Almaty hosts fourth European Film Festival 

NUR-SULTAN – The European Union Delegation to Kazakhstan presented the fourth European Film Festival Nov. 5-7 in Almaty.

L-R: Head of the EU Mission to Kazakhstan Ambassador Sven-Olov Carlsson and directors Renars Vimba and Caroline Thirion. Photo credit: EU Mission to Kazakhstan.

The programme included 16 films produced by European Union (EU) member states. Special guests included directors Caroline Thirion (Belgium) and Renars Vimba (Latvia), who taught master classes on pitching ideas and producing films and documentaries, and Anne Laudisoit (Belgium), whose travels in Africa are presented in Thirion’s documentary “Mbudha.” 

The goal of the festival is to present the best premieres of European cultural heritage, raise the general public’s interest in cinematography art and enhance international cooperation, reported the EU mission’s press service.

Head of the EU Mission to Kazakhstan Ambassador Sven-Olov Carlsson noted at the Nov. 5 opening ceremony that the audience would have an opportunity to experience the richness of European cultural diversity in different film genres, the interesting stories and plots they present and the variety of languages spoken by the actors. 

“This year we tried to strengthen the educational component of the festival, providing young Kazakh filmmakers a place for meetings and to experience sharing. I am glad that this festival contributes to the development of the film market and has become a platform for the presentation of the best European movies,” he said.

The films were selected in cooperation with Cineuropa, the European cinema portal, and most were co-produced with several European countries.

The festival opened with Vimba’s debut “Mellow Mud,” which received the Berlin Film Festival Crystal Bear Award in the Generation/14 plus competition. The film is the story of loneliness, first love, disappointments, challenges and life victories and he noted the way he has been influenced by other Central Asian filmmakers.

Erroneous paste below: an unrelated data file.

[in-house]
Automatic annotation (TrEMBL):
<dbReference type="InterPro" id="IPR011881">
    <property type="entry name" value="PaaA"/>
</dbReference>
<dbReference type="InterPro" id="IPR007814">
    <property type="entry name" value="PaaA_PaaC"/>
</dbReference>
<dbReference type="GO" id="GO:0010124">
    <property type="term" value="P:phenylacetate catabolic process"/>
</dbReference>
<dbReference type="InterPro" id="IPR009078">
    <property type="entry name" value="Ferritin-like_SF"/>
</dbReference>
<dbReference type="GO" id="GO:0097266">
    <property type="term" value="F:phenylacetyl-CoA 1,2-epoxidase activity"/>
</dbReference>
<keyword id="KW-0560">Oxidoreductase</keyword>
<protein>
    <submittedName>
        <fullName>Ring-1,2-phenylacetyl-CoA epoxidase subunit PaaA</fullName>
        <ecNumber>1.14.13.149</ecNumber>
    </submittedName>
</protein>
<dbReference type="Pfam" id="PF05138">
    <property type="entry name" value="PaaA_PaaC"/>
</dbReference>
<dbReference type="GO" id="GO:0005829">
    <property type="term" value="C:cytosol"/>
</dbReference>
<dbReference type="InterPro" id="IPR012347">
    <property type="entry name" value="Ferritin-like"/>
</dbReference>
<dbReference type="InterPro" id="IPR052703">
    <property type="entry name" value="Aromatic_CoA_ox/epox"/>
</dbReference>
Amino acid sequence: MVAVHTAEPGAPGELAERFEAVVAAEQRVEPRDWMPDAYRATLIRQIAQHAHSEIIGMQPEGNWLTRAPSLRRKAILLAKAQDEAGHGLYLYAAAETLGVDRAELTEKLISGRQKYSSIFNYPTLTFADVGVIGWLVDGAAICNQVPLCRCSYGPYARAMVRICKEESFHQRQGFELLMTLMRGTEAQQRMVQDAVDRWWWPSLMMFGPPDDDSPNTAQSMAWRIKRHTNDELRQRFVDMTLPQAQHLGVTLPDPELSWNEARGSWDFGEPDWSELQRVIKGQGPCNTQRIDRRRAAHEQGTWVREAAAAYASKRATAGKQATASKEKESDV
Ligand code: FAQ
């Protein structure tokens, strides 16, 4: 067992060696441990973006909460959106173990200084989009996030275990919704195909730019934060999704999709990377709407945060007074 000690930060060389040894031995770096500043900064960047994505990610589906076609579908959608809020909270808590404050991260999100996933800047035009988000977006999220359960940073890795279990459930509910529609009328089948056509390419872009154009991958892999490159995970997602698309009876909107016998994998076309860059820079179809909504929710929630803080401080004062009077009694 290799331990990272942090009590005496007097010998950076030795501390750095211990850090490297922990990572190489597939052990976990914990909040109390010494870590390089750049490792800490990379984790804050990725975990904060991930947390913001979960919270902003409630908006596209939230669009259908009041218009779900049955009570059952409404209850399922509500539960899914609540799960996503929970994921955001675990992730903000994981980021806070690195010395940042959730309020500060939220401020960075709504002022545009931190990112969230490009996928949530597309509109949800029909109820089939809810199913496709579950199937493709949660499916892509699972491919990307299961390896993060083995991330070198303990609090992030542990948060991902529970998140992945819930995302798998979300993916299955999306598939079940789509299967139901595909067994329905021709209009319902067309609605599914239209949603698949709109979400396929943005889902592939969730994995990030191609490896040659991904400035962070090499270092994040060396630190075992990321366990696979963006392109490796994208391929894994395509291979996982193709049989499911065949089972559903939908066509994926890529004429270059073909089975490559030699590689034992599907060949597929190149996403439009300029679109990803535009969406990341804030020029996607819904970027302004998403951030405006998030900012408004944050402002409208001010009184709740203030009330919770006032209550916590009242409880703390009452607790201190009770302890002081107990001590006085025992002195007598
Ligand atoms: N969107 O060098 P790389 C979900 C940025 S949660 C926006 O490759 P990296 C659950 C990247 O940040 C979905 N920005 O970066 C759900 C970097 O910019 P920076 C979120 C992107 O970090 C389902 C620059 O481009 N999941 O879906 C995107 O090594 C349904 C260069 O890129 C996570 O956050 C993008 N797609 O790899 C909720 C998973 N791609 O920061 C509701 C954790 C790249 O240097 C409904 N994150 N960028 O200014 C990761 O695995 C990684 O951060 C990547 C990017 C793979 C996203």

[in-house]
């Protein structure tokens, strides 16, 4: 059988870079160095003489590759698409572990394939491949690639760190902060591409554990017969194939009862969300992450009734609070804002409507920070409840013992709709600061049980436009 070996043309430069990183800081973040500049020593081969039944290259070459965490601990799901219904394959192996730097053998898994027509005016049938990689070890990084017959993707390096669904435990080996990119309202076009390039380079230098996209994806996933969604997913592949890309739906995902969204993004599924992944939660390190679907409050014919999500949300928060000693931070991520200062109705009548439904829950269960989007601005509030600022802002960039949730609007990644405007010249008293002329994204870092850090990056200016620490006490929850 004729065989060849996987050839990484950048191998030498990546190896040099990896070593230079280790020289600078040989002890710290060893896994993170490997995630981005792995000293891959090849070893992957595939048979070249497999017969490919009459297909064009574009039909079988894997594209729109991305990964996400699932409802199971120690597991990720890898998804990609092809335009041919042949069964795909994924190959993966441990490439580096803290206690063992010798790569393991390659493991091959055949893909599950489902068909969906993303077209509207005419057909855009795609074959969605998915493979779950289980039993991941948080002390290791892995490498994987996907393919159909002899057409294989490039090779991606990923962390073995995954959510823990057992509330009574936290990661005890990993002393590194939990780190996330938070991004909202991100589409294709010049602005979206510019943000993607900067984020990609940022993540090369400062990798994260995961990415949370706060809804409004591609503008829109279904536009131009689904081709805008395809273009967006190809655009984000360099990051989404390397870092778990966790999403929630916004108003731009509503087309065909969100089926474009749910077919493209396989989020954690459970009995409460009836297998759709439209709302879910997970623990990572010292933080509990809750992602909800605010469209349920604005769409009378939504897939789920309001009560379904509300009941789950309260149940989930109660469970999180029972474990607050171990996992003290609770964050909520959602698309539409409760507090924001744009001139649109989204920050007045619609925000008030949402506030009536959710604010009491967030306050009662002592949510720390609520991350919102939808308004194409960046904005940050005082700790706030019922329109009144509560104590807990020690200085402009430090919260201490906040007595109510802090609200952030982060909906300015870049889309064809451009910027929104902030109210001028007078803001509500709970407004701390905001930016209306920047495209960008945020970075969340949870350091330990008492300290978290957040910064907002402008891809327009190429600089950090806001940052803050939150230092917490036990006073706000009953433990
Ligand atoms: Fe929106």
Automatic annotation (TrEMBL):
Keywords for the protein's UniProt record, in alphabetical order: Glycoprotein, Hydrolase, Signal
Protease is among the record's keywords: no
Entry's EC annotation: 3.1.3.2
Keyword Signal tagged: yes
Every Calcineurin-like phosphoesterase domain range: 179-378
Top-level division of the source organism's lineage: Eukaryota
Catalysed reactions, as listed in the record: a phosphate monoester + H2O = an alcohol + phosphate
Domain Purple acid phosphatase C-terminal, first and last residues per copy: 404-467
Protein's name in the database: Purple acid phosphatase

Photo credit: EU Mission to Kazakhstan.

“As a student I was impressed by Sergei Dvortsevoy’s film ‘Bread Day.’ Later, I watched his brilliant film ‘Tulpan,’” he said. “Recently, I had a chance to work in a jury together with legendary Russian actress Yelena Tsyplakova and I got a chance to watch the great film ‘Woodpeckers Don’t Get Headaches’ directed by Dinara Asanova from Kyrgyzstan. It is a coincidence, but a few weeks before I was invited to Kazakhstan, I watched ‘Reed Paradise,’ a film by Yelena Tsyplakova that was shot in the Kazakh steppe. So, in one way or another, Central Asian films have always been present in my filmmaker’s life.”

During his master class, Vimba suggested Kazakh students make films only about themes and events that really resonate in them and be honest and bold.

“Mbudha,” presented on the last day of the festival, tells the story of Laudisoit’s expedition to Congo to bring back evidence of the presence of a rich and rare biodiversity in need of protection. The film won the Les Clefs de l’Aventure Festival 2019 award in Grenoble, France. 

The festival also featured “Bloody Milk,” which received three Cesar Awards, “Diamantino,” which won the Cannes Critics’ Week Grand Prize, “The Vice of Hope,” which earned the David di Donatello award, and many other films.